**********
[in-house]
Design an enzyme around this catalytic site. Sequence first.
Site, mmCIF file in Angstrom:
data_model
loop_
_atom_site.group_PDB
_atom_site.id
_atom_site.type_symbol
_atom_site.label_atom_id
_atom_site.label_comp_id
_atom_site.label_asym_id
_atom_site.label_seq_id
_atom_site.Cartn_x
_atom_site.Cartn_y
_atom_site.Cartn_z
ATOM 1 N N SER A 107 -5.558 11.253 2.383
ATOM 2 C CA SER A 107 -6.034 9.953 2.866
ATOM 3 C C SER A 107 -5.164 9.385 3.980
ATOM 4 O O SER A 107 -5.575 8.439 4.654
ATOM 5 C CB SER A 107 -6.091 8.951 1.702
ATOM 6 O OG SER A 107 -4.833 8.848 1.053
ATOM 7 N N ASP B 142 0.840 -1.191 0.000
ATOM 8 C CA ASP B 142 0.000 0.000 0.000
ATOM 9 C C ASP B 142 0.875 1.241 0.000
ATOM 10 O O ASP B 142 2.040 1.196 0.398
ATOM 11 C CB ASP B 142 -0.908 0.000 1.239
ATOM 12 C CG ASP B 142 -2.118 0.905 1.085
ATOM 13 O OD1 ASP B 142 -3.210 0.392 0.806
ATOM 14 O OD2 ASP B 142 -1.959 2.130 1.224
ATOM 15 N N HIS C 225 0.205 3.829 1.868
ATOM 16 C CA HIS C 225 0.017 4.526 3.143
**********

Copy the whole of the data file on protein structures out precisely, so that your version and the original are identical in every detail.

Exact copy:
[in-house]
Design an enzyme around this catalytic site. Sequence first.
Site, mmCIF file in Angstrom:
data_model
loop_
_atom_site.group_PDB
_atom_site.id
_atom_site.type_symbol
_atom_site.label_atom_id
_atom_site.label_comp_id
_atom_site.label_asym_id
_atom_site.label_seq_id
_atom_site.Cartn_x
_atom_site.Cartn_y
_atom_site.Cartn_z
ATOM 1 N N SER A 107 -5.558 11.253 2.383
ATOM 2 C CA SER A 107 -6.034 9.953 2.866
ATOM 3 C C SER A 107 -5.164 9.385 3.980
ATOM 4 O O SER A 107 -5.575 8.439 4.654
ATOM 5 C CB SER A 107 -6.091 8.951 1.702
ATOM 6 O OG SER A 107 -4.833 8.848 1.053
ATOM 7 N N ASP B 142 0.840 -1.191 0.000
ATOM 8 C CA ASP B 142 0.000 0.000 0.000
ATOM 9 C C ASP B 142 0.875 1.241 0.000
ATOM 10 O O ASP B 142 2.040 1.196 0.398
ATOM 11 C CB ASP B 142 -0.908 0.000 1.239
ATOM 12 C CG ASP B 142 -2.118 0.905 1.085
ATOM 13 O OD1 ASP B 142 -3.210 0.392 0.806
ATOM 14 O OD2 ASP B 142 -1.959 2.130 1.224
ATOM 15 N N HIS C 225 0.205 3.829 1.868
ATOM 16 C CA HIS C 225 0.017 4.526 3.143